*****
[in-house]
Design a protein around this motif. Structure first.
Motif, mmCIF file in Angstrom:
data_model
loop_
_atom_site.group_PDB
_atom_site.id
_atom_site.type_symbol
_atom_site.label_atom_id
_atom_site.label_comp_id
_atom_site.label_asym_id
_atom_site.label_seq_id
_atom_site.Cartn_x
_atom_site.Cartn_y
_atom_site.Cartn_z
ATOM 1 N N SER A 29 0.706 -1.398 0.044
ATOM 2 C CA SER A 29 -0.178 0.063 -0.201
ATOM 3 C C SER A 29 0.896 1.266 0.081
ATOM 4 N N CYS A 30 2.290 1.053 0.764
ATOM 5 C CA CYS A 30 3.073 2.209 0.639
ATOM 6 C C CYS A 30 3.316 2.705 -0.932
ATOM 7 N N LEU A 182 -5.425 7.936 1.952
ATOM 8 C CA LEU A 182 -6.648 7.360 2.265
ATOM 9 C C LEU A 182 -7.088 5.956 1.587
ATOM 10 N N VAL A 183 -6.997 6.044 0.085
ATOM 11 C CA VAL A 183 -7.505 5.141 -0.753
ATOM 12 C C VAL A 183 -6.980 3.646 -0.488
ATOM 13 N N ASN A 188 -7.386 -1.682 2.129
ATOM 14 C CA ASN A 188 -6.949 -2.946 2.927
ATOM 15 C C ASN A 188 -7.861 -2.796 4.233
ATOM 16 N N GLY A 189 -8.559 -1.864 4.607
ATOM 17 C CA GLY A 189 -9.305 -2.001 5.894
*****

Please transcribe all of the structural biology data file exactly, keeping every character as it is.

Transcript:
[in-house]
Design a protein around this motif. Structure first.
Motif, mmCIF file in Angstrom:
data_model
loop_
_atom_site.group_PDB
_atom_site.id
_atom_site.type_symbol
_atom_site.label_atom_id
_atom_site.label_comp_id
_atom_site.label_asym_id
_atom_site.label_seq_id
_atom_site.Cartn_x
_atom_site.Cartn_y
_atom_site.Cartn_z
ATOM 1 N N SER A 29 0.706 -1.398 0.044
ATOM 2 C CA SER A 29 -0.178 0.063 -0.201
ATOM 3 C C SER A 29 0.896 1.266 0.081
ATOM 4 N N CYS A 30 2.290 1.053 0.764
ATOM 5 C CA CYS A 30 3.073 2.209 0.639
ATOM 6 C C CYS A 30 3.316 2.705 -0.932
ATOM 7 N N LEU A 182 -5.425 7.936 1.952
ATOM 8 C CA LEU A 182 -6.648 7.360 2.265
ATOM 9 C C LEU A 182 -7.088 5.956 1.587
ATOM 10 N N VAL A 183 -6.997 6.044 0.085
ATOM 11 C CA VAL A 183 -7.505 5.141 -0.753
ATOM 12 C C VAL A 183 -6.980 3.646 -0.488
ATOM 13 N N ASN A 188 -7.386 -1.682 2.129
ATOM 14 C CA ASN A 188 -6.949 -2.946 2.927
ATOM 15 C C ASN A 188 -7.861 -2.796 4.233
ATOM 16 N N GLY A 189 -8.559 -1.864 4.607
ATOM 17 C CA GLY A 189 -9.305 -2.001 5.894